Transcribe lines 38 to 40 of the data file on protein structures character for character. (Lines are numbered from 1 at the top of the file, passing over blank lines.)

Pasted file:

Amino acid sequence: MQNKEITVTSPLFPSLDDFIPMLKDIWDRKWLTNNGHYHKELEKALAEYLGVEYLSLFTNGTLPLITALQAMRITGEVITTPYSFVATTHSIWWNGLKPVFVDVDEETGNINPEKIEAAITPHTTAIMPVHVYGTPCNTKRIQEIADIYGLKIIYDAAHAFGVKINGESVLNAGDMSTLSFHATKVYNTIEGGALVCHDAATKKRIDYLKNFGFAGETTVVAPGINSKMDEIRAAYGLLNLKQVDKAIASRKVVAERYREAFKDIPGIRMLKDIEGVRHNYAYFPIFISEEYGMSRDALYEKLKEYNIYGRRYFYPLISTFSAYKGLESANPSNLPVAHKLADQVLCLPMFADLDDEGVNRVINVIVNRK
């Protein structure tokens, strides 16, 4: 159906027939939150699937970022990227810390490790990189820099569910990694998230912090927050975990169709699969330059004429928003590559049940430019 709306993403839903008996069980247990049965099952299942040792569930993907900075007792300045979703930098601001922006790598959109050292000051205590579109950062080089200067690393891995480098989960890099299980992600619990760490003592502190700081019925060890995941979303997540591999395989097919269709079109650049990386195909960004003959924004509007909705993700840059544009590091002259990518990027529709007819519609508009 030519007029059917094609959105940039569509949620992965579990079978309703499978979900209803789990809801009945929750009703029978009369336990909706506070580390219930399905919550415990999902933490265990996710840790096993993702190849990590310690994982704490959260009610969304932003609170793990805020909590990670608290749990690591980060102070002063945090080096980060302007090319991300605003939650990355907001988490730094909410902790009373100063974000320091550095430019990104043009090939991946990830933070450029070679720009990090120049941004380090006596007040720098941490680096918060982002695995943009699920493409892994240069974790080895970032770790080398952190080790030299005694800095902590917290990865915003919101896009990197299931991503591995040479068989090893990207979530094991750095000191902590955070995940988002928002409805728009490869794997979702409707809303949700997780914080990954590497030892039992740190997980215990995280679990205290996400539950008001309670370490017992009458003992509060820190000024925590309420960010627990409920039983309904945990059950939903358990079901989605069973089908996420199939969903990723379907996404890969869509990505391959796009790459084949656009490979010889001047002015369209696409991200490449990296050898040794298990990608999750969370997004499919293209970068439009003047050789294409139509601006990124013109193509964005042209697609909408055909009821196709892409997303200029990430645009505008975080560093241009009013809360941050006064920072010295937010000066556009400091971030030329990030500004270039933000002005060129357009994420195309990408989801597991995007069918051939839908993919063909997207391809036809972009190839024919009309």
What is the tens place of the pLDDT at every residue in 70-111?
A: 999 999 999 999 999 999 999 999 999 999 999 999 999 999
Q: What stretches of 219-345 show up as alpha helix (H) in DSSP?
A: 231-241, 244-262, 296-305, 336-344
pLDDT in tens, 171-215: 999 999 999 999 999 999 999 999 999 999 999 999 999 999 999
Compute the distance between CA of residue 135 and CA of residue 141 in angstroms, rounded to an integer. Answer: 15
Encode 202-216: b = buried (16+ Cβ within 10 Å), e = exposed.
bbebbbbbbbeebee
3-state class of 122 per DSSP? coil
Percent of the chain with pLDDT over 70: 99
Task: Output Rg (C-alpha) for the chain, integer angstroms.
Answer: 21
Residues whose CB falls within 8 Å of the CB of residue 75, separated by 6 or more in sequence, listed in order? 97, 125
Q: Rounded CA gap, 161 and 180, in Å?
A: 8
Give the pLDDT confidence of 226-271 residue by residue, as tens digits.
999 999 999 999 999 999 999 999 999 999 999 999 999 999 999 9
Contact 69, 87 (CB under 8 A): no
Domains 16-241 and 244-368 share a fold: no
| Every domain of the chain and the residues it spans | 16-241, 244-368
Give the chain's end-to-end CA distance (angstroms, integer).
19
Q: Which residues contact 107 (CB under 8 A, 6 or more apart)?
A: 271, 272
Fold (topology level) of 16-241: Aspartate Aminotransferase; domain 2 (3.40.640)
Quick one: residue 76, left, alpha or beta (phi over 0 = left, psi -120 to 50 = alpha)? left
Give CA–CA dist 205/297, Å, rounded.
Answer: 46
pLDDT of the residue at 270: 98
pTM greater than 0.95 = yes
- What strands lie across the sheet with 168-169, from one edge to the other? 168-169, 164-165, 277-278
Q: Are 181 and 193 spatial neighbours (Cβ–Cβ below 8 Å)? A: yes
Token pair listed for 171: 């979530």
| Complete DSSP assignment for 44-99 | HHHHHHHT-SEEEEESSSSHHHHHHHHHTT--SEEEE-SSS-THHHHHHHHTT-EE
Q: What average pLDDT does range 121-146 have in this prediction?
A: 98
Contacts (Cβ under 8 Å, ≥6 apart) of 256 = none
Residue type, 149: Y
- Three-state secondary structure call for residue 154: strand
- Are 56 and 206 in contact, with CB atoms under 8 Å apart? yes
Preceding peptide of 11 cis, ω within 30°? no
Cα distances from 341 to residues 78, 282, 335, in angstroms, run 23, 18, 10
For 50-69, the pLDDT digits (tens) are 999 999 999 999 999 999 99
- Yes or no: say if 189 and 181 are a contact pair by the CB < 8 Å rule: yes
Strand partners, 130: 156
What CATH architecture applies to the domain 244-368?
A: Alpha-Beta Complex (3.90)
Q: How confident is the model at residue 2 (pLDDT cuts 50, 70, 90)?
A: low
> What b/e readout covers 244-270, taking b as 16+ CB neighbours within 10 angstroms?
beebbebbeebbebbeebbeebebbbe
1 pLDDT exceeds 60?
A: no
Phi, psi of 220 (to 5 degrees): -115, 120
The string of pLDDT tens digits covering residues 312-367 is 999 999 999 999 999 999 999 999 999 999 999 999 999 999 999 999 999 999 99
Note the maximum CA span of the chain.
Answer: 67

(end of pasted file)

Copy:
A: 98
Contacts (Cβ under 8 Å, ≥6 apart) of 256 = none
Residue type, 149: Y